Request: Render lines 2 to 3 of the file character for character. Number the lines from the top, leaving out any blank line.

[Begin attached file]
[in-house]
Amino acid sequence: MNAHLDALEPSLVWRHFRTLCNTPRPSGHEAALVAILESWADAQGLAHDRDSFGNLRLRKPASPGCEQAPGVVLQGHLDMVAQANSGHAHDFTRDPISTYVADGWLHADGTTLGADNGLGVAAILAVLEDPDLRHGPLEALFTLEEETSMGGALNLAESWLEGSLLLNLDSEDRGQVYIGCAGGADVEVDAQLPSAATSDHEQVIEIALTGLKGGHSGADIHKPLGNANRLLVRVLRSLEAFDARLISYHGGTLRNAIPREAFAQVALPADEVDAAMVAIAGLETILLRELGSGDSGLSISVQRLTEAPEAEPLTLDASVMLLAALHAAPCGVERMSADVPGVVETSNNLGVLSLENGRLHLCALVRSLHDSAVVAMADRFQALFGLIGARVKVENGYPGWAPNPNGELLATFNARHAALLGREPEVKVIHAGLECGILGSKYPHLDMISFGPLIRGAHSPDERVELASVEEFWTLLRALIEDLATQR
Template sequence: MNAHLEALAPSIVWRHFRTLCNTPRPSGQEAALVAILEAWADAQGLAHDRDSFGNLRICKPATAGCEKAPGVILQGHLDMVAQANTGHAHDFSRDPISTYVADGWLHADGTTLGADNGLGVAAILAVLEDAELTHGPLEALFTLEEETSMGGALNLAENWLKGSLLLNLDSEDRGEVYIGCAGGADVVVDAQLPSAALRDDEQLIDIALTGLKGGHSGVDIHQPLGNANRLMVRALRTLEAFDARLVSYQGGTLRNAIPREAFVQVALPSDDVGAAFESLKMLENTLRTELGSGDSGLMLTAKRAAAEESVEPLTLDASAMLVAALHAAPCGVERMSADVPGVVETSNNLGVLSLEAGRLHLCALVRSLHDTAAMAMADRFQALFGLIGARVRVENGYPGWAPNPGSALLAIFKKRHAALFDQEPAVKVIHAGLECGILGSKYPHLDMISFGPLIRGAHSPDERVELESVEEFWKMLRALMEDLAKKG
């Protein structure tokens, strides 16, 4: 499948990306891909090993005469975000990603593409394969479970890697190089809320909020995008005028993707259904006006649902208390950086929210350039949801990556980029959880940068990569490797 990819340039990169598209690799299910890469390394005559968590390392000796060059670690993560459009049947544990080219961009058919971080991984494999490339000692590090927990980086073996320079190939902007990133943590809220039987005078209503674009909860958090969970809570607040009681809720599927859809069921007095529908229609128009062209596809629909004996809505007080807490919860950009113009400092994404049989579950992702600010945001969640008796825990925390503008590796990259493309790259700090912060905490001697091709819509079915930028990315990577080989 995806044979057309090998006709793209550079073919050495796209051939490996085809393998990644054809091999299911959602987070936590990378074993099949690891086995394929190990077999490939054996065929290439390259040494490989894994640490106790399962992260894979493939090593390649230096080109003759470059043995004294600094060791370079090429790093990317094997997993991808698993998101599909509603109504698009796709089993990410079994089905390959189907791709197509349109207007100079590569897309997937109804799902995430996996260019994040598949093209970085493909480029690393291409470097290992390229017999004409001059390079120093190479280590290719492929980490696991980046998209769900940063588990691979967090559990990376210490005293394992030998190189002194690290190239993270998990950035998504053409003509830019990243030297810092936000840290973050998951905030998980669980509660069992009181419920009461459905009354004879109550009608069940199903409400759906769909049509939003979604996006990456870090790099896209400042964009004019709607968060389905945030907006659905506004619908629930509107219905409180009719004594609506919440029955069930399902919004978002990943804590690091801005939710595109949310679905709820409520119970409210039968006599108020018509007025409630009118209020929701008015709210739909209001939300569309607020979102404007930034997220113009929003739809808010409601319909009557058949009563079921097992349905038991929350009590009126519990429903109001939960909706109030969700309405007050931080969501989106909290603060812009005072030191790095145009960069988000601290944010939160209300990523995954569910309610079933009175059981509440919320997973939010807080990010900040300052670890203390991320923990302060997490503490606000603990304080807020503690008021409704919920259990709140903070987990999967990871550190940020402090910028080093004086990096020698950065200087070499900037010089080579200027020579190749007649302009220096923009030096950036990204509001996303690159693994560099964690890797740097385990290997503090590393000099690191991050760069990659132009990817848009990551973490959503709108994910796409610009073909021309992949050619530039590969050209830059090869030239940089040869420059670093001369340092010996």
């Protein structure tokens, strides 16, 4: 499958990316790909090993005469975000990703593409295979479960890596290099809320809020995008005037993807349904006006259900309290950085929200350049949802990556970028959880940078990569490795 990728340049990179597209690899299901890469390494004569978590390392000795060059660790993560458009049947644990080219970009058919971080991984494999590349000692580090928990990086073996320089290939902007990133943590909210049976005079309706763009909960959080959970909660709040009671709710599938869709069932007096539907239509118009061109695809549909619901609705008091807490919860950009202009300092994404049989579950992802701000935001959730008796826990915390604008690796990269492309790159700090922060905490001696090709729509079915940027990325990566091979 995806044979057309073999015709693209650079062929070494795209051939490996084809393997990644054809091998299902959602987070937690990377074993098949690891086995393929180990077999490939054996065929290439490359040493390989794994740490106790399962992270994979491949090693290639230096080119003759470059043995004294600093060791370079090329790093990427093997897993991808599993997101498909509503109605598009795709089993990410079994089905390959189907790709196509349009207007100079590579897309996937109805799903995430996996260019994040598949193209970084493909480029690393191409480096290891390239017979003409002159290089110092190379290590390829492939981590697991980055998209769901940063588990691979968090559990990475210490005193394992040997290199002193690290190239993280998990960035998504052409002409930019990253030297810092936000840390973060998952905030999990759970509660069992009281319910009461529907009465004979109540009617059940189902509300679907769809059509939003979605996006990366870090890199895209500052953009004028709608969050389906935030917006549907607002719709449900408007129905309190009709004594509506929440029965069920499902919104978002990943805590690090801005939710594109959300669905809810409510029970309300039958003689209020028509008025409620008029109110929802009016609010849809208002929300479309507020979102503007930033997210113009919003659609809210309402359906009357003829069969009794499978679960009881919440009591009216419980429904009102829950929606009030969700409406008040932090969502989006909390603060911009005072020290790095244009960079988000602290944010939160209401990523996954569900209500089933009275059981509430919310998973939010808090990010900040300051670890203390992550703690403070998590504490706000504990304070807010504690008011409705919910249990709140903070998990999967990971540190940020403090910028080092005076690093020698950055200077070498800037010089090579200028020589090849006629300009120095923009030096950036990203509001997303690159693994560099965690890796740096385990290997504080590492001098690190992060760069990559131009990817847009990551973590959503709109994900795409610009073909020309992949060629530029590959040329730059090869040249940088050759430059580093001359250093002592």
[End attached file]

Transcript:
Amino acid sequence: MNAHLDALEPSLVWRHFRTLCNTPRPSGHEAALVAILESWADAQGLAHDRDSFGNLRLRKPASPGCEQAPGVVLQGHLDMVAQANSGHAHDFTRDPISTYVADGWLHADGTTLGADNGLGVAAILAVLEDPDLRHGPLEALFTLEEETSMGGALNLAESWLEGSLLLNLDSEDRGQVYIGCAGGADVEVDAQLPSAATSDHEQVIEIALTGLKGGHSGADIHKPLGNANRLLVRVLRSLEAFDARLISYHGGTLRNAIPREAFAQVALPADEVDAAMVAIAGLETILLRELGSGDSGLSISVQRLTEAPEAEPLTLDASVMLLAALHAAPCGVERMSADVPGVVETSNNLGVLSLENGRLHLCALVRSLHDSAVVAMADRFQALFGLIGARVKVENGYPGWAPNPNGELLATFNARHAALLGREPEVKVIHAGLECGILGSKYPHLDMISFGPLIRGAHSPDERVELASVEEFWTLLRALIEDLATQR
Template sequence: MNAHLEALAPSIVWRHFRTLCNTPRPSGQEAALVAILEAWADAQGLAHDRDSFGNLRICKPATAGCEKAPGVILQGHLDMVAQANTGHAHDFSRDPISTYVADGWLHADGTTLGADNGLGVAAILAVLEDAELTHGPLEALFTLEEETSMGGALNLAENWLKGSLLLNLDSEDRGEVYIGCAGGADVVVDAQLPSAALRDDEQLIDIALTGLKGGHSGVDIHQPLGNANRLMVRALRTLEAFDARLVSYQGGTLRNAIPREAFVQVALPSDDVGAAFESLKMLENTLRTELGSGDSGLMLTAKRAAAEESVEPLTLDASAMLVAALHAAPCGVERMSADVPGVVETSNNLGVLSLEAGRLHLCALVRSLHDTAAMAMADRFQALFGLIGARVRVENGYPGWAPNPGSALLAIFKKRHAALFDQEPAVKVIHAGLECGILGSKYPHLDMISFGPLIRGAHSPDERVELESVEEFWKMLRALMEDLAKKG